Yet the greatness of these saints isn’t doubted today. They, their words, and their work are honored in memory, lifted up in ritual, studied for emulation and spiritual growth. We know they are great and don’t doubt that or dispute it, but what made it true?

I’d say it was their faithful service. Their faithful and humble service to God and others. Their response to God’s call to put the needs of the community above their own reputation, their own comfort, their own popularity and credibility, even their own desires, in order to follow God’s call and be sent to serve the people. Moses had a pretty cushy life in the palace. He had power over others. He lived in luxury with servants serving him. He was pretty disconnected from his oppressed ethnic and religious community, and could have continued living that way if he could have just pushed down his worries about the way the people were being treated. He could have continued to live in a position of authority over the slaves. But he didn’t.

Yes, he was the leader of the Israelites, but his leadership was in obedience to God, for the good of the people. He served them by working for their good, risking his power and his position to free them from Pharaoh, going on their behalf into the dangerous and overwhelming presence of God, enduring the discipline of God for their transgressions. Moses was great not because he wanted to be or tried to be or even ASKED to be. Moses was great because he humbly served God and his community.

And what now of the circumstances of this dispute among the disciples in Luke? What significance do they lend to its meaning for us today? It was the observance of the Passover. It was the time when the Jewish people of God remembered and celebrated the miracle of their exodus from slavery in Egypt, the leadership and faithfulness of Moses, Elijah, and the other saints who preceded them. It was the time of year when they honored and worshiped God for sending them a leader, a servant of God’s will and a servant of God’s people, who led them into the Promised Land, a time of year maybe, when they who lived under the rule of the Romans again longed for a sign of their chosenness, their greatness before God and the world.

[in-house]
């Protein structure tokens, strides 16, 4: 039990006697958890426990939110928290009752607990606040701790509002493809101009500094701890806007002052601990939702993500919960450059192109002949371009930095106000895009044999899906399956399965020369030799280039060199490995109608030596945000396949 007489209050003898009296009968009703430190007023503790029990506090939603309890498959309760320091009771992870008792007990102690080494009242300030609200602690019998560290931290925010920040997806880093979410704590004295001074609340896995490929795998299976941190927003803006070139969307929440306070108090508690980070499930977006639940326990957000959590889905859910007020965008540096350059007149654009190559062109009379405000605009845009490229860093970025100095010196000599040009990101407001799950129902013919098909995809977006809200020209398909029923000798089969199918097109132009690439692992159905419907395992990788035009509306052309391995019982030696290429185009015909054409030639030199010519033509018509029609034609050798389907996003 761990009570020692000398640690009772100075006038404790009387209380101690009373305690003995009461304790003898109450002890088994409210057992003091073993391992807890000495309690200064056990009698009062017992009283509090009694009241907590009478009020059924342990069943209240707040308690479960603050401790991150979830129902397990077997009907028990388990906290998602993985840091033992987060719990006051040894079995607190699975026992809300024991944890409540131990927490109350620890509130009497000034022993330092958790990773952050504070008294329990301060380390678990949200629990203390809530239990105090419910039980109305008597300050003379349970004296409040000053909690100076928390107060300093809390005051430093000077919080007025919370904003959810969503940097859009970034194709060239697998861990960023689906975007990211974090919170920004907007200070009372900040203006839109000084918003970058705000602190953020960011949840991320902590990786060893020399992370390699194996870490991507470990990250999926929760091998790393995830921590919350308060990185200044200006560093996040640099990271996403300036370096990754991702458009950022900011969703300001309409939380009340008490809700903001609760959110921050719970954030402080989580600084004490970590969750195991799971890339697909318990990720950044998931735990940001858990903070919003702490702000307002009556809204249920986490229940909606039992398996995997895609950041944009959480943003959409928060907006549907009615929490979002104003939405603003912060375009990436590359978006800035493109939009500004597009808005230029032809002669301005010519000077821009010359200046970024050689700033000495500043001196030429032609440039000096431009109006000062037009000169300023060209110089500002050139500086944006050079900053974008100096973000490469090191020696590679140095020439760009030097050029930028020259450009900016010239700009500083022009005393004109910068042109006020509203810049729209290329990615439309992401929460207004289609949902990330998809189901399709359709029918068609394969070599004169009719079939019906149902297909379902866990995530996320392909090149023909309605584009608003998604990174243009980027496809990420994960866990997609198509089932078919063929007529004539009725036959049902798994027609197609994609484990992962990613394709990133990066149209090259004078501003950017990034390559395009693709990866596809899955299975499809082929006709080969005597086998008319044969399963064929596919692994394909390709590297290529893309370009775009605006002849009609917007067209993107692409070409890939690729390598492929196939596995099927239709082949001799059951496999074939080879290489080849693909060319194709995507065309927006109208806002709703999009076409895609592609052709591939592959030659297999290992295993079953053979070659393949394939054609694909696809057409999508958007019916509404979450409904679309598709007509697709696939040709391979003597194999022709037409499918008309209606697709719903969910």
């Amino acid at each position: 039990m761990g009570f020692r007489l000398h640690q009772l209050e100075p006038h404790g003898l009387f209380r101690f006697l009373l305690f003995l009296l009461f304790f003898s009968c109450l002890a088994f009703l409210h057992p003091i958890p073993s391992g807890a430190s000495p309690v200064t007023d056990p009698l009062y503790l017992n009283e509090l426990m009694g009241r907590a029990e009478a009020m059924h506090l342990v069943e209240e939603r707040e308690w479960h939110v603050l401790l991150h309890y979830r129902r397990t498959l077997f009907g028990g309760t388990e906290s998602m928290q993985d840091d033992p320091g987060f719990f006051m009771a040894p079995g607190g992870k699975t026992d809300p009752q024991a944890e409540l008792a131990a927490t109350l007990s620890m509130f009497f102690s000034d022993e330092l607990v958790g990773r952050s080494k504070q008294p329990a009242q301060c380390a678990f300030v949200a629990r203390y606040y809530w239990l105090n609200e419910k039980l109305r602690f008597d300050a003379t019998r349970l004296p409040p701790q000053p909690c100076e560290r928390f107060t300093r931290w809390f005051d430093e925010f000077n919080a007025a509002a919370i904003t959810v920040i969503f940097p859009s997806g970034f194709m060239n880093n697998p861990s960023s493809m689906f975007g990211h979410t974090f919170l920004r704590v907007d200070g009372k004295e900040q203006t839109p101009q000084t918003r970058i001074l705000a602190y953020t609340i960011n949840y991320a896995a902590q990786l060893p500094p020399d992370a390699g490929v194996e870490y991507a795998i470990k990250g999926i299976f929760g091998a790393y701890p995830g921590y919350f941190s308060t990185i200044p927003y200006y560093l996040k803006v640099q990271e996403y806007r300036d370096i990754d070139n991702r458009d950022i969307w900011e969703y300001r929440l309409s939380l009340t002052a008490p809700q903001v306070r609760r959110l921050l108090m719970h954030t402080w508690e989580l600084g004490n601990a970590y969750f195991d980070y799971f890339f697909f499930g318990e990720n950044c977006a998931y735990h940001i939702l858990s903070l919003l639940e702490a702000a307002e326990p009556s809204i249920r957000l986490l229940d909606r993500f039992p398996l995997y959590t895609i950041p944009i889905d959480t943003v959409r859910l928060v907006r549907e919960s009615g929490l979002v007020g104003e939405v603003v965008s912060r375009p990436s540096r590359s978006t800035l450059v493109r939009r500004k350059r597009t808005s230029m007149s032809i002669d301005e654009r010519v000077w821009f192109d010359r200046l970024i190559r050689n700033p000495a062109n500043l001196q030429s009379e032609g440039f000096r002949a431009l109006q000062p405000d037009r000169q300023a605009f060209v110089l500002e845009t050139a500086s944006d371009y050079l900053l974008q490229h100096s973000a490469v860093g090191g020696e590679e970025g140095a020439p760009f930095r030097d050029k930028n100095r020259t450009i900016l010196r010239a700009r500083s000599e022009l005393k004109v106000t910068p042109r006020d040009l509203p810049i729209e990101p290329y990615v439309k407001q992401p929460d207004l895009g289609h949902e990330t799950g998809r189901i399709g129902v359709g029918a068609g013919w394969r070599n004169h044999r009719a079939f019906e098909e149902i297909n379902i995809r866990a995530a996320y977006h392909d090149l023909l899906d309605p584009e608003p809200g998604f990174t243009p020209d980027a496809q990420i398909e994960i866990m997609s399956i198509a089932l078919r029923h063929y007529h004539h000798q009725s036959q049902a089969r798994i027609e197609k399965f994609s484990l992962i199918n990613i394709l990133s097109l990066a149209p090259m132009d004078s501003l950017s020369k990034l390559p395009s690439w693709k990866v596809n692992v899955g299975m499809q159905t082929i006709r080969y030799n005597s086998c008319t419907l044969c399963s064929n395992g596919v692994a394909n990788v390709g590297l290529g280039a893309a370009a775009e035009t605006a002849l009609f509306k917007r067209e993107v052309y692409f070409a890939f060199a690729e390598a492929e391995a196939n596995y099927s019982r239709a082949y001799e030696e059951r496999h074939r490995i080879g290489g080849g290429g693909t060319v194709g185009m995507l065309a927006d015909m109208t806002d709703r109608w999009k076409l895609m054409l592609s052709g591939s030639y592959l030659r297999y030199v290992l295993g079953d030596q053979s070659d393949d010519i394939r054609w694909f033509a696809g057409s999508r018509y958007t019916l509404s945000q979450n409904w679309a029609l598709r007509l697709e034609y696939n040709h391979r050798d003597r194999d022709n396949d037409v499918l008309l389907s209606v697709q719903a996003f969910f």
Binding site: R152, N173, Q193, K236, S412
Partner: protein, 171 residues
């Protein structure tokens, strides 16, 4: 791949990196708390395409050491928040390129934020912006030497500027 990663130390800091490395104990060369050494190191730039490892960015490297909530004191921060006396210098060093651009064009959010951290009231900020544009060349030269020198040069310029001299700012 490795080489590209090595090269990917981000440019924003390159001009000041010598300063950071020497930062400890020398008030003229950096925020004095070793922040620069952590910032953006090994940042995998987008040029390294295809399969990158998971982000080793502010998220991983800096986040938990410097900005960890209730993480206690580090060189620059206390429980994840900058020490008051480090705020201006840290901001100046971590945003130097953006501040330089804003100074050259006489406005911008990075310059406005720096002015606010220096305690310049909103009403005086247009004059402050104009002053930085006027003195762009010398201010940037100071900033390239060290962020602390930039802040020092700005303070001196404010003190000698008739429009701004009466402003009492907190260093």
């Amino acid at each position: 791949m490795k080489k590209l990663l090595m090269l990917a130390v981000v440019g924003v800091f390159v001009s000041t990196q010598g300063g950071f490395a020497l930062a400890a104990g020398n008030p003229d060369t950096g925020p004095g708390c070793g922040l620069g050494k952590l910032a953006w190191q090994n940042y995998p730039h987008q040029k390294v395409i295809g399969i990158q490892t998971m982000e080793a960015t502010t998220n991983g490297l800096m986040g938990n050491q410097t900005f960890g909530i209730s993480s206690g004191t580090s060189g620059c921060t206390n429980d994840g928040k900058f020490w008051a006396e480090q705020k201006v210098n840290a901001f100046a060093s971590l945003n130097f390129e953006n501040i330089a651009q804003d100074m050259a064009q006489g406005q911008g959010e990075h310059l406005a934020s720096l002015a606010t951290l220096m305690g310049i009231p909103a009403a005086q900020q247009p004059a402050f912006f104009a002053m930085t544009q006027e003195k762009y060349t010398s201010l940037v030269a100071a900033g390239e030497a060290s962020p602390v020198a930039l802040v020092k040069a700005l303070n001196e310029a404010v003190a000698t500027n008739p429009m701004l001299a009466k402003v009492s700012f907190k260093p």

It was also, we are told, when the hour had come. Satan had come to Judas Iscariot. He had conferred with the chief priests and officers of the temple about how to betray Jesus. He was now on the lookout for his perfect opportunity when no crowd would be present. Having entered Jerusalem a few days earlier to shouts of, “Blessed is the king!” Jesus and the disciples were huddled away in a borrowed room in a town that was turning hostile. Daily, he was preaching to crowds peppered with spies who were out to catch him, to challenge his word and question his authority.

But even in the face of this hostility he continued his ministry, he continued to serve God. Cleansing it first of all injustice and greed, Jesus preached in the temple to everyone who would listen. He faced challenge upon challenge from this opponents, standing up for the message God sent him to deliver. He wept and prayed over the city of Jerusalem.